Ventricular Septal Defect
What is Ventricular Septal Defect?
VSD is a rare congenital heart condition that is incorrectly referred to as a “hole in the heart.” In reality, there is no hole in the heart, but rather a hole between the two ventricles because the walls (septa) separating them failed to develop completely. It may be large or small with the larger the defect the more heart related problems that will develop. Associated heart conditions may include congestive heart failure and pulmonary hypertension.
How does my cat get VSD?
In most cases, cats with this heart defect do not have a family history of this disease and often, the cause is unknown.
How do I know if my cat has VSD?
Kittens with VSD usually show signs of having trouble breathing. They may not act like a typical frisky, playful kitten and cough, even faint due to inadequate blood flow. In other kittens, no outward signs are evident and the condition is only suspected after your veterinarian detects a heart murmur while using a stethoscope. Ultrasound and chest radiographs are usually then ordered. A diagnosis can be confirmed by using a procedure called color flow Doppler echocardiography.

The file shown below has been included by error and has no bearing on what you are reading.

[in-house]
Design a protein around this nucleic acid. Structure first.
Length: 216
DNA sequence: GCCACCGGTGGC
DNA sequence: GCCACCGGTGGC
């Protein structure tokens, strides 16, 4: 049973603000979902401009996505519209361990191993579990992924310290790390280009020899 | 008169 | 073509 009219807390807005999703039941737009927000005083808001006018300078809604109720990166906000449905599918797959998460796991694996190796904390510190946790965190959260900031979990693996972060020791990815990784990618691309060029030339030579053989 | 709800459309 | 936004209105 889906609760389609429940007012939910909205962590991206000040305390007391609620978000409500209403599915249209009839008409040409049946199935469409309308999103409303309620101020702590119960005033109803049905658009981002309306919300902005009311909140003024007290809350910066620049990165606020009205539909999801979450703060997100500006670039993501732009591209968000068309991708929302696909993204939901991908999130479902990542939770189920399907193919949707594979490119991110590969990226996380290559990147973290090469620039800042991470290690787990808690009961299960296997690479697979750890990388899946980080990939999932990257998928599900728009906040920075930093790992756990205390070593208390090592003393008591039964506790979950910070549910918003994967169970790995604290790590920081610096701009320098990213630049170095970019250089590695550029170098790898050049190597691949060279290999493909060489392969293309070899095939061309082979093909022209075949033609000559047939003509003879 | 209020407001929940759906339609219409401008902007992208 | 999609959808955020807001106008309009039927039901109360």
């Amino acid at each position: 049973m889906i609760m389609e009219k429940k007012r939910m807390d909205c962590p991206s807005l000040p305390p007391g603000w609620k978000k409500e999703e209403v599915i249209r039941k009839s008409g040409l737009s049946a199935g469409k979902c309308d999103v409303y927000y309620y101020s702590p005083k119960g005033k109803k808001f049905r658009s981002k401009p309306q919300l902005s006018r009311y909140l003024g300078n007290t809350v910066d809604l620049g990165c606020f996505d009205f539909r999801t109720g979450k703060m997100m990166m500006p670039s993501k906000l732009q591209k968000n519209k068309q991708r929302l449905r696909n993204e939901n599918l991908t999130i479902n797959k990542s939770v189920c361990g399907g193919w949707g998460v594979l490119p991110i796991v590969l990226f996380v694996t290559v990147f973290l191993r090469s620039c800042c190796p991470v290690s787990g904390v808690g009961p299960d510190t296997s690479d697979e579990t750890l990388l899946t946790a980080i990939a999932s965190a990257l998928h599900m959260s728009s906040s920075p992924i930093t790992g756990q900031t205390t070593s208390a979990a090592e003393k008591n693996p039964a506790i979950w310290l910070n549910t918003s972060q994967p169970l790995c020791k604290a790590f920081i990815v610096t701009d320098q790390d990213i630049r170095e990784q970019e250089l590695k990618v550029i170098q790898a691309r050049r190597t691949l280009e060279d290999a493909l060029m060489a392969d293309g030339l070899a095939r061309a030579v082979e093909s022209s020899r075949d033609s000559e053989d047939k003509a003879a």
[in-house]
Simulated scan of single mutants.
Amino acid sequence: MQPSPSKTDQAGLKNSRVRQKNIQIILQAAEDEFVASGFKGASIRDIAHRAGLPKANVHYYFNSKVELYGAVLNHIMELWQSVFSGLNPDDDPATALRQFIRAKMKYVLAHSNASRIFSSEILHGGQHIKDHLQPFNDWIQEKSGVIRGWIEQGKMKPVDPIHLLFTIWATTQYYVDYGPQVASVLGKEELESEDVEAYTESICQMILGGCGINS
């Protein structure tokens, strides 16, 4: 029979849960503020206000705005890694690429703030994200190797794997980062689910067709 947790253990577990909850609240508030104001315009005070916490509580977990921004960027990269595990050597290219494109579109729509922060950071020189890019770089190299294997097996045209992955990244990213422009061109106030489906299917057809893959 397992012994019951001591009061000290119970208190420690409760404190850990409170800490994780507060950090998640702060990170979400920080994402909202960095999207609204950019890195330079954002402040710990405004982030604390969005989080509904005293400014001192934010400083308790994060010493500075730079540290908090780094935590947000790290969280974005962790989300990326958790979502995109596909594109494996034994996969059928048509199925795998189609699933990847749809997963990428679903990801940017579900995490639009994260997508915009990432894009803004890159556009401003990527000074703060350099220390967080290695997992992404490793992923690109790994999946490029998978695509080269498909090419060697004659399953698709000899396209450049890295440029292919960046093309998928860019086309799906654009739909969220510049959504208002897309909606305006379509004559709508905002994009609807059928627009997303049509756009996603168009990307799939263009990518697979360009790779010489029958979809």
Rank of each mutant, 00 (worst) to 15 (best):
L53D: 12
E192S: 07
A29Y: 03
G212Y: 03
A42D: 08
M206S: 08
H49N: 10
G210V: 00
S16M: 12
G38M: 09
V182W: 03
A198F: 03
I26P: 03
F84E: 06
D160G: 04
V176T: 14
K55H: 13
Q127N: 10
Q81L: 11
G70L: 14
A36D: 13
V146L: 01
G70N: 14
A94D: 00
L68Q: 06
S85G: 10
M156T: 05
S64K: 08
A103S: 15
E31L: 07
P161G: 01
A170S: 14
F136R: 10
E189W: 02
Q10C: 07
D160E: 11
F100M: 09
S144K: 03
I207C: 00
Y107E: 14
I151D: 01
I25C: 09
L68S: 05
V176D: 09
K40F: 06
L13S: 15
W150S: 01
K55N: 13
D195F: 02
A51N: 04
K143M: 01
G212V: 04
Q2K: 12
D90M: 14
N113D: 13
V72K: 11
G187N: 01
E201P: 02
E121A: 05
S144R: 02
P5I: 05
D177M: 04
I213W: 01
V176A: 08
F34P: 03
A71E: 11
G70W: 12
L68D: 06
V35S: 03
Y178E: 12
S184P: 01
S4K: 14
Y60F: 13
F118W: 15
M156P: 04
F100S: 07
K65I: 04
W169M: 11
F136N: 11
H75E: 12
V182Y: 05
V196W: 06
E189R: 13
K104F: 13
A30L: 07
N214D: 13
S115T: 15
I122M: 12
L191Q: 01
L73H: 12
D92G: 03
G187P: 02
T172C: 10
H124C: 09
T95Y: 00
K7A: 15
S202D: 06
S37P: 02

What can I do about VSD?
Treatment options are limited. In those cases where the kitten is not showing signs there may be no restrictions needed. In those cases where congestive heart failure has developed, treatment includes a variety of medications, exercise restriction, and dietary management. In those cases where heart failure has developed, the prognosis is very grave. There are only a few hospitals around the country that will be able to perform the necessary surgical procedure to close the defect.
Is there anything I can do to prevent my cat from getting VSD?
Prevention is based upon careful breed selection.
Are there certain breeds that get VSD more often?
No cat breed is particularly predisposed to this condition.